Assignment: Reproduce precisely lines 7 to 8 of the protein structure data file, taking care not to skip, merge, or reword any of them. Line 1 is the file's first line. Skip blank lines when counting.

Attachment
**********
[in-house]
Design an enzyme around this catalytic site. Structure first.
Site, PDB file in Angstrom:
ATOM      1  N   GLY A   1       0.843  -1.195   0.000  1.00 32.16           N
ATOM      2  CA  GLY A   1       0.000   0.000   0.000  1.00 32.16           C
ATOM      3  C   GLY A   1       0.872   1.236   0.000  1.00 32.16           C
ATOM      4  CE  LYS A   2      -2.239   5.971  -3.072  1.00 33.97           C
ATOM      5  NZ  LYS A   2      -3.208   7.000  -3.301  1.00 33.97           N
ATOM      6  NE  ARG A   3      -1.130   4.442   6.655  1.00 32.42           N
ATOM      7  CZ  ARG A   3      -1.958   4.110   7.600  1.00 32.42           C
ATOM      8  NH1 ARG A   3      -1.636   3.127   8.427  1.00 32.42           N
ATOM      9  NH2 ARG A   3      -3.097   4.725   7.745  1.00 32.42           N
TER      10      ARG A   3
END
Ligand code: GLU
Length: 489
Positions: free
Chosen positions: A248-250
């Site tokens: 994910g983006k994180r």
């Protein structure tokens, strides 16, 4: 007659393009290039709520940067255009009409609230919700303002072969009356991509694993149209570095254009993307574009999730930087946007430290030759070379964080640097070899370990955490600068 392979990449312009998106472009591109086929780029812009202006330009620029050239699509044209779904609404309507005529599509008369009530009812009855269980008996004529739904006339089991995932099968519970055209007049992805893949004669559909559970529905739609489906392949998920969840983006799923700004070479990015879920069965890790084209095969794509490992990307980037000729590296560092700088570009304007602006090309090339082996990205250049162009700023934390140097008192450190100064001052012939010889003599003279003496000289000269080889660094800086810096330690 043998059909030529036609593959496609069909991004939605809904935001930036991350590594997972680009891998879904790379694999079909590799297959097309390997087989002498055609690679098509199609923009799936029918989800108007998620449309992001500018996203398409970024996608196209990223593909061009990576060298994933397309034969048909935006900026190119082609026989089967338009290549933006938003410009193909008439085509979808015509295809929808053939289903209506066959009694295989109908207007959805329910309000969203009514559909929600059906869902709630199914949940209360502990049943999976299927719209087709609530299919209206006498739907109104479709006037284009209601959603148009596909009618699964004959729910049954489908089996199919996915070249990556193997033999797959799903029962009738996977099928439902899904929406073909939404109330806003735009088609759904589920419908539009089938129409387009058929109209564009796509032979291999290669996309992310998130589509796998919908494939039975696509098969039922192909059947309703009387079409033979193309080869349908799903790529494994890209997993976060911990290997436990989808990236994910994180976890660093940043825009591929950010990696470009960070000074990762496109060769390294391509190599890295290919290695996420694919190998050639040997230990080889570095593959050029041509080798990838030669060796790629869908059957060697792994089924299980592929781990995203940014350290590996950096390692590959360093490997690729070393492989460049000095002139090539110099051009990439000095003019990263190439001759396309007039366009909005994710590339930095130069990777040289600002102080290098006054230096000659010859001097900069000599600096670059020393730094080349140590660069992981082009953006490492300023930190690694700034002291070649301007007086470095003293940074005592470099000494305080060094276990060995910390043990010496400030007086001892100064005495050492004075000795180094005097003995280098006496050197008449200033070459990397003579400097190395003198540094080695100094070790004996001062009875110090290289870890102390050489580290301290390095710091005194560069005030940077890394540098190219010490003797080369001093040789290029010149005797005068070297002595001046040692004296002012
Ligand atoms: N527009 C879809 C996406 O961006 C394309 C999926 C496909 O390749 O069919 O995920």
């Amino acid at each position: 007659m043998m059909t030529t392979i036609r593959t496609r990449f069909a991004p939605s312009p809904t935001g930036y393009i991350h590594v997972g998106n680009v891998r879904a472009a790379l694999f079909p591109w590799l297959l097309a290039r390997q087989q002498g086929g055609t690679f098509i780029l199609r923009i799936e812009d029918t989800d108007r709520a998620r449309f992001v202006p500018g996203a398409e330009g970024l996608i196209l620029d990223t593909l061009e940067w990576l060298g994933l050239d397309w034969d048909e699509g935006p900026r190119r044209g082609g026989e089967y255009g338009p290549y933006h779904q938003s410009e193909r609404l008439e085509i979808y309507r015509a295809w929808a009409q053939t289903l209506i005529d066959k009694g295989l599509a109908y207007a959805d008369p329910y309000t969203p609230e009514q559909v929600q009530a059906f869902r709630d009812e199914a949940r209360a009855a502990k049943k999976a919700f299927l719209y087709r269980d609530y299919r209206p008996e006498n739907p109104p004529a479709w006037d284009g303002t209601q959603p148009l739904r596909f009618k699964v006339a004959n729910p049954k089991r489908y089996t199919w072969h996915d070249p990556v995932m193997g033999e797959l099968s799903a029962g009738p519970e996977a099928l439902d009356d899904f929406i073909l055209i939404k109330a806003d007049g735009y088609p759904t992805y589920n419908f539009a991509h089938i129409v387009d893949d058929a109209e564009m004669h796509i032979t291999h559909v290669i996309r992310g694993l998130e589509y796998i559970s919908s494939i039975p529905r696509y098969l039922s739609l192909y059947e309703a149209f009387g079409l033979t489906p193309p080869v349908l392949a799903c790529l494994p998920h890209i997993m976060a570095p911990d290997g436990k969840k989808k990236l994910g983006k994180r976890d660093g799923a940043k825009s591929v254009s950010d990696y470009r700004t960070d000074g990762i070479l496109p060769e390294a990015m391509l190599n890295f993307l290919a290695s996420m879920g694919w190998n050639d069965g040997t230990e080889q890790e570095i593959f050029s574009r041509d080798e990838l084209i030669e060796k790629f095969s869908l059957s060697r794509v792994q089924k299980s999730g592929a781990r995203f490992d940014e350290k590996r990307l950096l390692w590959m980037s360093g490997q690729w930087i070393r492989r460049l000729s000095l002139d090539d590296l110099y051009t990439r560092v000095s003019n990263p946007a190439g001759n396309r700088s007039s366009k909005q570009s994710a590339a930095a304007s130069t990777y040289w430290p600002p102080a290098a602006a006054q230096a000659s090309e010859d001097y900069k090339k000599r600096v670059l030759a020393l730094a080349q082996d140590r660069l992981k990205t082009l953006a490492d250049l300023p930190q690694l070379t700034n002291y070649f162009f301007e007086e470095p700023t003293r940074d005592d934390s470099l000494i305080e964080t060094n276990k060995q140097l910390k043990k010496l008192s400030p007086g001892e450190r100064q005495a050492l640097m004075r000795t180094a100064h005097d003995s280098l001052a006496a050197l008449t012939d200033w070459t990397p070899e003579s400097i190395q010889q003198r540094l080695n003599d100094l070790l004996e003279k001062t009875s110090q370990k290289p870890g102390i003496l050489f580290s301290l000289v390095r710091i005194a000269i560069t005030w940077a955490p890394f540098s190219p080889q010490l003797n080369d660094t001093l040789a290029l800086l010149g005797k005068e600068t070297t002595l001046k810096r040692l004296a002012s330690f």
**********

ATOM      4  CE  LYS A   2      -2.239   5.971  -3.072  1.00 33.97           C
ATOM      5  NZ  LYS A   2      -3.208   7.000  -3.301  1.00 33.97           N